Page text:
Why PHP 7.2 Is Important

Sebastian BergmannArne BlankertsStefan Priebsch |

A while ago, Sebastian said in a presentation that "PHP 7.2 will be a boring release". What he meant by that is that PHP 7.2 does not have an awful lot of fancy new features. Okay, adding the sodium extension to PHP's standard distribution is great, but the majority of PHP developers do not have to deal with cryptography in PHP on a daily basis.

Last week, we finished updating our eBook "PHP 7 Explained" for PHP 7.2. Having done so, we are not so sure anymore that PHP 7.2 really is a boring release. As with every release in the 7 series, PHP keeps getting faster and faster. And we still stand by what we wrote two years ago:

"But this is just the beginning. After many years, PHP – and this also holds true for pretty much every other software project of a similar age – had become more and more difficult to extend, maintain, and optimize. The revamped PHP 7 codebase opens up a whole lot of possibilities for new features and performance optimizations. We will probably see a lot of cool new things in future minor versions of the PHP 7 series. PHP 7.1 has already added some interesting improvements and features. We are sure that PHP's future will be bright and golden, making it a good choice of technology for small and large-scale web projects."

— Bergmann, Blankerts, Priebsch in: "PHP 7 Explained"

The PHP core developers, again, did a great job cleaning up some more sins of the past. With Safe Mode long gone, and the last remains of the infamous Magic Quotes already removed in PHP 7.0, it seems that now, ultimately, also the last remnants of Register Globals have been removed from PHP. If you are not old enough to remember Register Globals, consider yourself blessed. It was probably the worst of all "convenience" features that ever made it into PHP.

Did you know that you can cast a variable to unset? Yes, you can do (unset) $foo; but what does this actually do? Well, it has been deprecated in PHP 7.2. This is another example for changes to PHP that have a small surface impact, but show that the PHP core developers are seriously cleaning up PHP, both the language and its runtime, under the hood. This is not boring at all, it is extremely helpful to take PHP further into the future.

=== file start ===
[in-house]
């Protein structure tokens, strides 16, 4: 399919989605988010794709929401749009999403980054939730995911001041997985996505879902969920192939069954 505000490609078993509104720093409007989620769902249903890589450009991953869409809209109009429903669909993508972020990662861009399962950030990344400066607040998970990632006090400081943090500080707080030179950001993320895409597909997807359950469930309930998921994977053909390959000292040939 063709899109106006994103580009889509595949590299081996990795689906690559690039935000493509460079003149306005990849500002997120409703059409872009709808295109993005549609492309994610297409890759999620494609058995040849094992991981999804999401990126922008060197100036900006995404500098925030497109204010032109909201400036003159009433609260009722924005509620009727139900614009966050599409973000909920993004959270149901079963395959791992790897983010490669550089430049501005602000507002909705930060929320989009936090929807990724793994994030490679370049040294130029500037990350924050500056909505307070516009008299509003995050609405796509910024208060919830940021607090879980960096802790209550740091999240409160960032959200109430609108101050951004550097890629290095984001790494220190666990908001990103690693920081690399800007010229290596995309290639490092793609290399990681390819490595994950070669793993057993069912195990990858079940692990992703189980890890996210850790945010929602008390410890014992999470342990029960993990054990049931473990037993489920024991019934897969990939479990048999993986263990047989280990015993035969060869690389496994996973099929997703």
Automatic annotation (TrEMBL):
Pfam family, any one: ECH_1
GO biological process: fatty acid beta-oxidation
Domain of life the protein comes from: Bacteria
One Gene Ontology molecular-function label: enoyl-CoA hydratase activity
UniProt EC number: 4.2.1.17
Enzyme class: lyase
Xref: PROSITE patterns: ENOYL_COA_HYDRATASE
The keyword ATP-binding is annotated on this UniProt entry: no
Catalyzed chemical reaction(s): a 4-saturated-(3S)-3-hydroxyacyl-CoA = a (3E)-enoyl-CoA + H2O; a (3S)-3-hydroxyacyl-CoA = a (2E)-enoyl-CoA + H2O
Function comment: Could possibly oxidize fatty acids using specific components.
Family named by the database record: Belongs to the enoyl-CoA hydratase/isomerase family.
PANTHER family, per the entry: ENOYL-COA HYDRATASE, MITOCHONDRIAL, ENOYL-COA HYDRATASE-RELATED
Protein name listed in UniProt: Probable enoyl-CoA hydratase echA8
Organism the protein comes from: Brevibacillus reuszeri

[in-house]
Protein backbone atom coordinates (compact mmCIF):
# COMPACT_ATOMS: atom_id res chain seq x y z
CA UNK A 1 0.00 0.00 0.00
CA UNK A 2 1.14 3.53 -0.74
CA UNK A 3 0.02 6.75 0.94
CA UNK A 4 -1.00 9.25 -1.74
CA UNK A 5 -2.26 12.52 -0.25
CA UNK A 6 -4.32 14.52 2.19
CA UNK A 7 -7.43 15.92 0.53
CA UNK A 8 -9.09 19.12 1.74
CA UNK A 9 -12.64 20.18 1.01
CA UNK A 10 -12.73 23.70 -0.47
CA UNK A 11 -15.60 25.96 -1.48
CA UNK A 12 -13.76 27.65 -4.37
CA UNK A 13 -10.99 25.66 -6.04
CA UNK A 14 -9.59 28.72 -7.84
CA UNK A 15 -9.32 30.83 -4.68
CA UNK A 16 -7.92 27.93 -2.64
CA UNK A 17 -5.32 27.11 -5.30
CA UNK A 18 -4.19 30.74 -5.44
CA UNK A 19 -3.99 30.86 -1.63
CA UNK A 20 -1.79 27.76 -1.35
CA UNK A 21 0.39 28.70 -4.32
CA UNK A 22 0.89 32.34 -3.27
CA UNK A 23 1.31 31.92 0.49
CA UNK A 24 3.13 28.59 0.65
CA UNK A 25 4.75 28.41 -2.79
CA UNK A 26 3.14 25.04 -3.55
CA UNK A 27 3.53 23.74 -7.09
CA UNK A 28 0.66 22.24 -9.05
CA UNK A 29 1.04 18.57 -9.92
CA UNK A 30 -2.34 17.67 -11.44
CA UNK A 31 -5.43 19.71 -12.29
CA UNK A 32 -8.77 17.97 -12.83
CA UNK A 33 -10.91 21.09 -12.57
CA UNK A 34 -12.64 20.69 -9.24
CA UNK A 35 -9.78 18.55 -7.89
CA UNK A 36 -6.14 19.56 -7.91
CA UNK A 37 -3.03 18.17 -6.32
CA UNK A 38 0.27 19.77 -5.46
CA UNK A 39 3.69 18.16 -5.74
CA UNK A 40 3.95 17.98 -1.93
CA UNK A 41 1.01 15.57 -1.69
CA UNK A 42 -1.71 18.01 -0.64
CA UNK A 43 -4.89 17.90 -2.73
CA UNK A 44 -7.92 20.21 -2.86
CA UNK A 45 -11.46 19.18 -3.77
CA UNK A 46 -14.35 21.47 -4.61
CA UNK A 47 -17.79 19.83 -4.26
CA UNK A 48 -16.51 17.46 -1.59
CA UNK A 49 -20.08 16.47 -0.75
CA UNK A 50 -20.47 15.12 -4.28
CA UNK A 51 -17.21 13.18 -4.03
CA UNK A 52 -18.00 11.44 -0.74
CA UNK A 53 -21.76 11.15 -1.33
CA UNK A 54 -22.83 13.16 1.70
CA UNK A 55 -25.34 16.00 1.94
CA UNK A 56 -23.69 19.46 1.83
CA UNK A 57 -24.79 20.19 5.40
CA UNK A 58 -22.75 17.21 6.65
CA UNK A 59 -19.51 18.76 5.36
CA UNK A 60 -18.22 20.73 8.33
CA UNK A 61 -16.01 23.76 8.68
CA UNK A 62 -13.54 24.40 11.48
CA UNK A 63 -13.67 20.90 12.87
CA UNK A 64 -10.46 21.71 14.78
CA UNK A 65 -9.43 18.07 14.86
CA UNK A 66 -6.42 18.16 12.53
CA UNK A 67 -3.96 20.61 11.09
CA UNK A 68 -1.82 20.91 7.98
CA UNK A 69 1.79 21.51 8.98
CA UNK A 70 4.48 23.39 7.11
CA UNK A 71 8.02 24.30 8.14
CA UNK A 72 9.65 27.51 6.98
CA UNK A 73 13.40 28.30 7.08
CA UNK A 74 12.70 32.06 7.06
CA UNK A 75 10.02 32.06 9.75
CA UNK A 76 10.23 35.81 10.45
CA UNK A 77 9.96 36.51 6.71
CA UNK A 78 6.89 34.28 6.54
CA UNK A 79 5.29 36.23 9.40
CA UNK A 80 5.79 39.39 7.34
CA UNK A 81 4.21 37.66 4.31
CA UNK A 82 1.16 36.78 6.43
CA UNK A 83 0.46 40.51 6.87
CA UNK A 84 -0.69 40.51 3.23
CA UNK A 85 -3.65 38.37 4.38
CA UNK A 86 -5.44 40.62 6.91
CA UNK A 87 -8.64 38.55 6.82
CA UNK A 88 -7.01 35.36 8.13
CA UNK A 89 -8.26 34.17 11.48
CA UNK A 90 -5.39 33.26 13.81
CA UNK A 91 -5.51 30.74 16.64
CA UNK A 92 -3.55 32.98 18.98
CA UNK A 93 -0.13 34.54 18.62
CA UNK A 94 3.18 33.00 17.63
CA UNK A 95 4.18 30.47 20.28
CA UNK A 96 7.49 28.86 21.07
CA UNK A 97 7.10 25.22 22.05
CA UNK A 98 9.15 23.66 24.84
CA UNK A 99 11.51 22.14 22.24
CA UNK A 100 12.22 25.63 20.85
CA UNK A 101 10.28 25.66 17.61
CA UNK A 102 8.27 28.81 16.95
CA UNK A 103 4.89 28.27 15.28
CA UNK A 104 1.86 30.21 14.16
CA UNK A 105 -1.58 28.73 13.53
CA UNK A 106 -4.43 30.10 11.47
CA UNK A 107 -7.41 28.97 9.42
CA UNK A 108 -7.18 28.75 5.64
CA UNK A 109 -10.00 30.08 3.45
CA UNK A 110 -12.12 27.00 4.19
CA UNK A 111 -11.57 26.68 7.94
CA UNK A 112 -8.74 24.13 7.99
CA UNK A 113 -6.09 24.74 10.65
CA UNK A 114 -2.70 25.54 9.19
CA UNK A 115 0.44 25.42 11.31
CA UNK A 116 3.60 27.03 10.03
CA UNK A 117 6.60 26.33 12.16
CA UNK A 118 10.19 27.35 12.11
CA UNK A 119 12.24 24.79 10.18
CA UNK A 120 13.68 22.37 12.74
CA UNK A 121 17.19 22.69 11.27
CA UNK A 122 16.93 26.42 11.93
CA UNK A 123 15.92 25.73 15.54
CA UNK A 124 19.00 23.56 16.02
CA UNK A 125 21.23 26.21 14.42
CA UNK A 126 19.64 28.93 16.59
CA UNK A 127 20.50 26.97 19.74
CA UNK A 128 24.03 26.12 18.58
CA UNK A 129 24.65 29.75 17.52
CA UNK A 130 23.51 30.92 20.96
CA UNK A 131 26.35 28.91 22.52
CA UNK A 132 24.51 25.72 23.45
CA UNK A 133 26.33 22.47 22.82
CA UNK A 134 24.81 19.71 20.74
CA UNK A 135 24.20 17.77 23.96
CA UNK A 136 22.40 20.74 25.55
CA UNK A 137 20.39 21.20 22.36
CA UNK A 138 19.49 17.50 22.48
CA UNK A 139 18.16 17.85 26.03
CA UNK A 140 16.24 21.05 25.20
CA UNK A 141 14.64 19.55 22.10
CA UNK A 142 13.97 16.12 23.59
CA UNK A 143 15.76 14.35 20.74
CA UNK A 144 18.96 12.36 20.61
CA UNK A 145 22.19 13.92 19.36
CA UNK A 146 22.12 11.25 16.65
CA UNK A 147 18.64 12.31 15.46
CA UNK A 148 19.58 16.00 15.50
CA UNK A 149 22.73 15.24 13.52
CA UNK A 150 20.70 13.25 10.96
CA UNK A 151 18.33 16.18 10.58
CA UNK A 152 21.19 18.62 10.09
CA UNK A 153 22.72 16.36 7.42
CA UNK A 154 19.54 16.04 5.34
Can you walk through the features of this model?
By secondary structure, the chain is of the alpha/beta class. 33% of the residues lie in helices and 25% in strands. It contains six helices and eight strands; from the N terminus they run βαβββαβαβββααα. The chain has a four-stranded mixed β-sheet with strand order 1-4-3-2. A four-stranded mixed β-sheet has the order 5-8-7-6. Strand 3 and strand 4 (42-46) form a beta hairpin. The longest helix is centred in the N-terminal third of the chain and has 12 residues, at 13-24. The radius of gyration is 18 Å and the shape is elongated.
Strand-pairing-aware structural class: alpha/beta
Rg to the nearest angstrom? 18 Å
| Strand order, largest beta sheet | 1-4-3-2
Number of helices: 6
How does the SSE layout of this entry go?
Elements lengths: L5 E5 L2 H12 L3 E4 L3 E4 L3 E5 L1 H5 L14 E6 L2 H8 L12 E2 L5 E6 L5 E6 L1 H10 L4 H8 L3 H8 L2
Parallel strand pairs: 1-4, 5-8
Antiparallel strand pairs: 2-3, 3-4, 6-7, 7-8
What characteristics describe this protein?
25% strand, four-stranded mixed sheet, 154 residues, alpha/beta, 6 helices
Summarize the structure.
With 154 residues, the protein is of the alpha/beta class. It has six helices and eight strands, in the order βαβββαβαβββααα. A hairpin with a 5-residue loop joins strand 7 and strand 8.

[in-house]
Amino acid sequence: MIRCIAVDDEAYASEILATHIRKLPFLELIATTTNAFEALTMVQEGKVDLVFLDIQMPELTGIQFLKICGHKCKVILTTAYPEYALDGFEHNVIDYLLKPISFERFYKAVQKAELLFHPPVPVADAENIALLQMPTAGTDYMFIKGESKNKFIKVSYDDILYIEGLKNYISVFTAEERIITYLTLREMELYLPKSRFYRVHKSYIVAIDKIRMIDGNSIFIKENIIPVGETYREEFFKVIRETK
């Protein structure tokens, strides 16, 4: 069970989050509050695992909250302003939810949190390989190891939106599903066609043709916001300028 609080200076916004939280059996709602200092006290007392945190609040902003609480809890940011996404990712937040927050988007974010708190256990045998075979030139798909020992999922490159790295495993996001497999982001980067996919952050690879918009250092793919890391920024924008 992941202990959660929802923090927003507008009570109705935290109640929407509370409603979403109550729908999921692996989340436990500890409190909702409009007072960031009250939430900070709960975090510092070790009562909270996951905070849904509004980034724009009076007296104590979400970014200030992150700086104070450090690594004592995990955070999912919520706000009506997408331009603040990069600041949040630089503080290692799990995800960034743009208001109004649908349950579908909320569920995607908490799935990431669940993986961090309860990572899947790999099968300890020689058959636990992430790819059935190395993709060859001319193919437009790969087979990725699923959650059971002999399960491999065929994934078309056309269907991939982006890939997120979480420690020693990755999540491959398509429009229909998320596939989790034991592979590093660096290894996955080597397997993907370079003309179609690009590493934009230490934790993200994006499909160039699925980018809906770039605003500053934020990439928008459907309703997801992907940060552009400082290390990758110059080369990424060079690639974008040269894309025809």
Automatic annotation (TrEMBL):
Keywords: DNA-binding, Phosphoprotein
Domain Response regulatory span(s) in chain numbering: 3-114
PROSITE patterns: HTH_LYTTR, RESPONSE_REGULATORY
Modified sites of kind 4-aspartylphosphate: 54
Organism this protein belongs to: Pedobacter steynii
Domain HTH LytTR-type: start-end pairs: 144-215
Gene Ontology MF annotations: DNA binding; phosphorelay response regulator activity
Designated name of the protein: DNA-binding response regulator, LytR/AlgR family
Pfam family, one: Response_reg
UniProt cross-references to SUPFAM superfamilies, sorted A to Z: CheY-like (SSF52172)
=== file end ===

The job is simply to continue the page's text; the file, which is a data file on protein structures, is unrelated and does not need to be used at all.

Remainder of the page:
Along with the cleanups that were already done, quite a few things have been deprecated in PHP 7.2, which schedules them for removal in PHP 8. As PHP 7 gets more and more mature, it is time to put PHP 8 on your roadmap, and start to get your code ready for the next big upgrade. If you spend a little time every month to move away from deprecated features, upgrading to PHP 8 will become a walk in the park. So do not wait.

If you are still stuck on PHP 5, it is high time to migrate to PHP 7. PHP 5.6, the last release in the PHP 5 series, is no longer actively supported and only receives critical security fixes until December 2018. This should not scare you:

"Upgrading the version of PHP you use must not be a rare event you are afraid of. You must not think of upgrading your PHP stack as a "special project". You need to make upgrading the PHP version you use part of your normal operational procedure and align the upgrade cycle of your PHP stack with the release cycle of the PHP project. This should be a long-term goal for you."

— Bergmann in: "PHP 5: Active Support Ends. Now what?

Our eBook can help you in getting your code ready for PHP 7. Its PDF edition (you also get it in EPUB and MOBI formats) is now close to 300 pages, jam-packed with insights into PHP 7 and valuable background information that will help you get the most out of PHP 7. Remember: compared to PHP 5, your application will run twice as fast.

For those of you that prefer live interaction, we offer full-day workshops on PHP 7. Our previous PHP 7 workshops were sold out, so hurry up and secure your seat.